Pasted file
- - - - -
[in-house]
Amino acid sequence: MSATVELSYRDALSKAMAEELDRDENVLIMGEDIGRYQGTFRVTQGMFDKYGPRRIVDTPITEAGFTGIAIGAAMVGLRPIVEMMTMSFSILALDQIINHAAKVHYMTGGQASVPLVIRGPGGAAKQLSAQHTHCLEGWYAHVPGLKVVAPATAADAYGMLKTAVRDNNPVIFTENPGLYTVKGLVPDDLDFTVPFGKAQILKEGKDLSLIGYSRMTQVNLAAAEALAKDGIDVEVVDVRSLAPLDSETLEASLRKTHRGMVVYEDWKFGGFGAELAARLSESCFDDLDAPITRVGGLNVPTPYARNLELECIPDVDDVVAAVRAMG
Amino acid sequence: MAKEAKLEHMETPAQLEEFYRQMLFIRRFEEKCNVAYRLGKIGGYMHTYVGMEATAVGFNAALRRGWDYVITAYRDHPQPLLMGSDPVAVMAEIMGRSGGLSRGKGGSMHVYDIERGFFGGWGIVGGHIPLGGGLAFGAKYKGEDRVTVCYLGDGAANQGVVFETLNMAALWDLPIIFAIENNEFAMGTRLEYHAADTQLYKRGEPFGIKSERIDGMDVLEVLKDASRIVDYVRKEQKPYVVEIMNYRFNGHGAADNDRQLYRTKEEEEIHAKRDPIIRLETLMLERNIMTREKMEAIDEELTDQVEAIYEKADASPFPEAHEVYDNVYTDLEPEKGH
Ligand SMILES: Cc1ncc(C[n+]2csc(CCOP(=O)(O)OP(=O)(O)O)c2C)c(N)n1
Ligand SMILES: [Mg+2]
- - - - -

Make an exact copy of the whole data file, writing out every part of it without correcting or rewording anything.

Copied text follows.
[in-house]
Amino acid sequence: MSATVELSYRDALSKAMAEELDRDENVLIMGEDIGRYQGTFRVTQGMFDKYGPRRIVDTPITEAGFTGIAIGAAMVGLRPIVEMMTMSFSILALDQIINHAAKVHYMTGGQASVPLVIRGPGGAAKQLSAQHTHCLEGWYAHVPGLKVVAPATAADAYGMLKTAVRDNNPVIFTENPGLYTVKGLVPDDLDFTVPFGKAQILKEGKDLSLIGYSRMTQVNLAAAEALAKDGIDVEVVDVRSLAPLDSETLEASLRKTHRGMVVYEDWKFGGFGAELAARLSESCFDDLDAPITRVGGLNVPTPYARNLELECIPDVDDVVAAVRAMG
Amino acid sequence: MAKEAKLEHMETPAQLEEFYRQMLFIRRFEEKCNVAYRLGKIGGYMHTYVGMEATAVGFNAALRRGWDYVITAYRDHPQPLLMGSDPVAVMAEIMGRSGGLSRGKGGSMHVYDIERGFFGGWGIVGGHIPLGGGLAFGAKYKGEDRVTVCYLGDGAANQGVVFETLNMAALWDLPIIFAIENNEFAMGTRLEYHAADTQLYKRGEPFGIKSERIDGMDVLEVLKDASRIVDYVRKEQKPYVVEIMNYRFNGHGAADNDRQLYRTKEEEEIHAKRDPIIRLETLMLERNIMTREKMEAIDEELTDQVEAIYEKADASPFPEAHEVYDNVYTDLEPEKGH
Ligand SMILES: Cc1ncc(C[n+]2csc(CCOP(=O)(O)OP(=O)(O)O)c2C)c(N)n1
Ligand SMILES: [Mg+2]